JCSU library wins $100k grant to fund makerspace

 

On June 11, 2018, the James B. Duke Memorial Library at Johnson C. Smith University was awarded a $100,000 grant to be used for a project called “Making Space for Tech @ An HBCU.” The grant will fund the development of an academic Makerspace that will give all users the opportunity to gain proficiency in design and manufacturing technologies, which are becoming more prevalent in the workforce. 

“This resource will allow Johnson C. Smith students to gain a competitive edge when entering the job market,” said Dr. Chantell McDowell, Makerspace project manager and instructional technology coordinator at JCSU’s Duke Memorial Library. “The Makerspace will also provide an arena for research and innovation, which we believe will lead to an increase in faculty and student-based research campus-wide, and more effective research.”

This program was supported by grant funds from the Institute of Museum and Library Services under the provisions of the federal Library Services and Technology Act as administered by the State Library of North Carolina, a division of the Department of Natural and Cultural Resources (IMLS grant number LS-00-17-0034-17). These federal funds are investments that help libraries deliver relevant and up-to-date services for their communities.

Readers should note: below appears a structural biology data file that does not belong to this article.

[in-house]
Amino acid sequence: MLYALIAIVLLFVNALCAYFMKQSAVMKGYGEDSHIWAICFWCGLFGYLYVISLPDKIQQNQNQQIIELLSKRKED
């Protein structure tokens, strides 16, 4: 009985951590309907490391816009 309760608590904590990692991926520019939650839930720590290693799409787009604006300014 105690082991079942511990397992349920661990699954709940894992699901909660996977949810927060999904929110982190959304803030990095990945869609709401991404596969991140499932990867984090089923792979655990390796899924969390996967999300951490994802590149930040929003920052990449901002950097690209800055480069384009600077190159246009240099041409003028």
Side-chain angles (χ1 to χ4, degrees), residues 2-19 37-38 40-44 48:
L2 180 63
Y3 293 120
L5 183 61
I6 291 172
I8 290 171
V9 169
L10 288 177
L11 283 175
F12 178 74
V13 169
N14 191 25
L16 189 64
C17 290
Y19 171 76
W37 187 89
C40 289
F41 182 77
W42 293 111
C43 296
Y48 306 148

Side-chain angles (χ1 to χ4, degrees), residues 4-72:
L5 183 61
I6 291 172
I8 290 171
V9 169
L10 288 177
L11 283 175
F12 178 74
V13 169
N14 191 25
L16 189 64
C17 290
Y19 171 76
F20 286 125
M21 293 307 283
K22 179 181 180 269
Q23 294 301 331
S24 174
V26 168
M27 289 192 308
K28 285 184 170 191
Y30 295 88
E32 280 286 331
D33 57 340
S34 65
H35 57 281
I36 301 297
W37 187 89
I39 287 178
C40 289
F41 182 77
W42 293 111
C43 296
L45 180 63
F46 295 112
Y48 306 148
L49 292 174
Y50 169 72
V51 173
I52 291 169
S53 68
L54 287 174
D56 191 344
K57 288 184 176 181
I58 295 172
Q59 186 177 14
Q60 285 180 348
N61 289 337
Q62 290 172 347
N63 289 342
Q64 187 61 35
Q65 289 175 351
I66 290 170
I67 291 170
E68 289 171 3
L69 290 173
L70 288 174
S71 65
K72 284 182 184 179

McDowell said she believes a Makerspace at Johnson C. Smith University will influence the integration of the “maker” culture in liberal arts, business, arts the sciences, and technology in innovative, socially conscious ways that empower students to become entrepreneurs and leaders. 

The James B. Duke Memorial Library received one of the 39 competitive grants for fiscal year 2017-2018 awarded to North Carolina libraries from this year’s federal allotment of $4,428,172. The LSTA grant program administered by the State Library of North Carolina funds library projects across the state that advance literacy and lifelong learning, expand access to library resources and expertise, promote partnerships and collaboration, and digitize materials important to the cultural heritage of North Carolina.